Swine Flu - Find Out What You Need to Know Here!

What is swine flu, what are the symptoms, what can you do to prepare now, and if you are sequestered or asked to stay home, what should your survival kit include?

swine flu

This is a subject of much concern today. What is it?

Also referred to as swine influenza, h1n1, swine influenza virus,or h1n1 flu, it is defined by the Centers for Disease Control as the following: "This virus was originally referred to as “swine flu” because laboratory testing showed that many of the genes in this new virus were very similar to influenza viruses that normally occur in pigs (swine) in North America.

But further study has shown that this new virus is very different from what normally circulates in North American pigs. It has two genes from flu viruses that normally circulate in pigs in Europe and Asia and bird (avian) genes and human genes. Scientists call this a "quadruple reassortant" virus."

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Swine influenza was first detected in the United States in April 2009. Since then, the virus has gone from epidemic to pandemic status.

Many are aware that the Swine Flu has now reached pandemic status, and The World Health Organization is still warning that the H1N1 Flu has the potential to afflict more people than we could imagine.

The spread of the H1N1 virus to all countries, worldwide, is considered inevitable.

An epidemic means that new cases of a certain disease in the human population during a given period substantially exceed what is "expected," based on recent experience. A pandemic, of a much larger scale, is an epidemic of infectious disease that is spreading through human populations across a large region, or even all over the world. The swine flu pandemic is the most recent pandemic, most recently following HIV, the virus that is associated with Acquired Immune Deficiency Syndrome.

The report from the CDC goes on to say that there are human infections with this swine influenza, and most who have become ill have recovered without requiring medical treatment. The virus that causes it, called H1N1, is considered contagious, and easily spreads from human to human.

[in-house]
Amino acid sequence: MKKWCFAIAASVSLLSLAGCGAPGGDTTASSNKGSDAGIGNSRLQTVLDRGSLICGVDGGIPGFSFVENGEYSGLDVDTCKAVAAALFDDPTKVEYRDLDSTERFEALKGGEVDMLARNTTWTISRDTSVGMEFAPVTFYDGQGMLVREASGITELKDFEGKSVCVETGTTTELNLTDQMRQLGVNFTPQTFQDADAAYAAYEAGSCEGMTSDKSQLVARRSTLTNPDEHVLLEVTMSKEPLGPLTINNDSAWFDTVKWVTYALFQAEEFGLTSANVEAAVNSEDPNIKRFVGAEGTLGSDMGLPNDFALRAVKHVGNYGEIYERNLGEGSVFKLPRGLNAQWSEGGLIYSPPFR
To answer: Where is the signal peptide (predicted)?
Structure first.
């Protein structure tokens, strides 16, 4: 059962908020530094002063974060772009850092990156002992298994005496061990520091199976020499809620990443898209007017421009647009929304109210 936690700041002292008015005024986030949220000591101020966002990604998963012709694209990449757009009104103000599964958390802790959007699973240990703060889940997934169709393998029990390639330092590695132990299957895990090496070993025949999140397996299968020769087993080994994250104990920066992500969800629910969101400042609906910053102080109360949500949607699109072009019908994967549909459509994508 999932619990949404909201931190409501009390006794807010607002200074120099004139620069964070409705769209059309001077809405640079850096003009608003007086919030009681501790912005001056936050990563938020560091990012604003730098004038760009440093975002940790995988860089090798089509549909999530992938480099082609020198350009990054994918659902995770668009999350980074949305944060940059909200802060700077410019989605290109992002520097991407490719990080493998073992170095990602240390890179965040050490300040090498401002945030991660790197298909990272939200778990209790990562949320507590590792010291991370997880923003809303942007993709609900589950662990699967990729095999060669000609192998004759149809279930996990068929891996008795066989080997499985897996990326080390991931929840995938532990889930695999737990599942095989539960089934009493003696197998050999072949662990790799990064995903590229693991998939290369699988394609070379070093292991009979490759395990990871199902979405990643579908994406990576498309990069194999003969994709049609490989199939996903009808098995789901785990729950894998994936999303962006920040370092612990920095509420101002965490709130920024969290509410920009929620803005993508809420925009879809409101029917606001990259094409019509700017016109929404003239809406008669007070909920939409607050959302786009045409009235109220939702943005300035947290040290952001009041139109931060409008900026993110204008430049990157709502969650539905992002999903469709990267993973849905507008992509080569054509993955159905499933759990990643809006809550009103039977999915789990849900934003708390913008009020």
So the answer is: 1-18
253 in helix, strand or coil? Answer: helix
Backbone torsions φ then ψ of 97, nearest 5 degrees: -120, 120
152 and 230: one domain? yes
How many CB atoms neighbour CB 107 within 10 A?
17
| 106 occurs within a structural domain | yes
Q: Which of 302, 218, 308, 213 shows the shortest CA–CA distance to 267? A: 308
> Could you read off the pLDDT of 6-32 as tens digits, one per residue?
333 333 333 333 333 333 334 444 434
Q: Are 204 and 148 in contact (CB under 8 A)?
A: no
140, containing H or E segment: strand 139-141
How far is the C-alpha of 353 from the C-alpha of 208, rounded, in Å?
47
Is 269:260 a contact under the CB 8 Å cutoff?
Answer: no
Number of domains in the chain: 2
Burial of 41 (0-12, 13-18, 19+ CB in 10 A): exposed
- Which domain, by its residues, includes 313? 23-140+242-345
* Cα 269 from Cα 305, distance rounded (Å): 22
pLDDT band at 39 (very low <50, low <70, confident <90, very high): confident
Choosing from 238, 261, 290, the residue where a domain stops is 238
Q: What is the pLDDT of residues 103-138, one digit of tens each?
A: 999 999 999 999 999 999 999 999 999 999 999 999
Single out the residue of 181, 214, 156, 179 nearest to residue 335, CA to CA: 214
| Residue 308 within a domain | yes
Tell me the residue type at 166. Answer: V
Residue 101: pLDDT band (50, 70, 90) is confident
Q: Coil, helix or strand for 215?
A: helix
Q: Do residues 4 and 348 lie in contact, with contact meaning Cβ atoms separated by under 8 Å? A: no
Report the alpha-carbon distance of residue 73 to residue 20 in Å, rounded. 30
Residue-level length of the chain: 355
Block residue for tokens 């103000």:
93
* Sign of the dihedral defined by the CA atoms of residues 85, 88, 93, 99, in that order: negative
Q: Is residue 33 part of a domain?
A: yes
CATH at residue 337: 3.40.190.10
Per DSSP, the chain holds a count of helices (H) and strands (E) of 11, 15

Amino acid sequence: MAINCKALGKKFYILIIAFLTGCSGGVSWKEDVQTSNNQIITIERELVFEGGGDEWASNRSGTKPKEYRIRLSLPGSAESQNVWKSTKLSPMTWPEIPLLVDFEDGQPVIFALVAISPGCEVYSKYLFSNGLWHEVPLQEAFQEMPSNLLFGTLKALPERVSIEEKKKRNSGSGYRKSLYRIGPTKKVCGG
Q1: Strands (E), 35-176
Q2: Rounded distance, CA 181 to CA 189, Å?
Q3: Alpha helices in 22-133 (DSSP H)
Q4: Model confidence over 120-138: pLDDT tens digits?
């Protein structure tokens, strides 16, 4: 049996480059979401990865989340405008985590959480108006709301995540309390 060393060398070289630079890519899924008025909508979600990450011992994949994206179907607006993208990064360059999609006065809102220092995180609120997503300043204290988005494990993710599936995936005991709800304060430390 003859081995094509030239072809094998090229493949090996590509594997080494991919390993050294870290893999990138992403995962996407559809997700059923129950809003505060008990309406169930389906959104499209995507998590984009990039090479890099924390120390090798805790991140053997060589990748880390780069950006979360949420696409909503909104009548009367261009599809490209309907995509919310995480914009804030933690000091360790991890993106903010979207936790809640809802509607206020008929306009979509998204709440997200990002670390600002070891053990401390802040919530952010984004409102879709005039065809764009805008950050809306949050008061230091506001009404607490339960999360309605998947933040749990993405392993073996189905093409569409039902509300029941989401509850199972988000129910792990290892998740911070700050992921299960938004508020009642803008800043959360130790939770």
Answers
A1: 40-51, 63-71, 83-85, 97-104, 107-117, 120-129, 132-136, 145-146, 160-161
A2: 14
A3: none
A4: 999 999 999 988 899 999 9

Each week, the CDC analyzes information about influenza disease activity in the United States and publishes findings of key flu indicators in a report called Flu View. Since this topic is subject to updates and changes each day, we suggest you check out the Centers For Disease Control (CDC) swine flu information link here, (these links open in new windows), and the World Health Organization (WHO) here.

Swine Flu Symptoms

Many want to know what to look for. The H1N1 Flu symptoms, based on the Centers for Disease Control's website, are as follows:

  • Fever
  • Cough
  • Sore throat
  • Runny or stuffy nose
  • Body aches
  • Headache
  • Chills
  • Fatigue

Many who have been infected with the swine flu also have reported swine flu symptoms of diarrhea and vomiting. Severe illness and death have occurred as a result of infection with the swine flu. Please refer to the site for most current statistics for infection and mortality by region and time period.

How To Prevent Swine Flu

According to the Centers for Disease Control, here is a list of the best ways to prevent becoming infected with the swine influenza. Please see their website for full details under "Prevention and Treatment" here:

  • Cover your mouth and nose with tissue when you cough or sneeze, then discard tissue.

  • Wash your hands with soap and water, especially after coughing or sneezing.

  • Don't touch your face or mouth, this will spread germs.

  • Avoid close contact with sick people.

  • If you think you are sick, stay home for at least 24 hours after your fever is gone.

  • Follow public health advice.

  • Be prepared should you need to stay home.

As of September 2009, there is now a vaccine available for H1N1 influenza. It is called the "Sanofi-Pasteur Influenza A H1N1 2009 Monovalent Vaccine".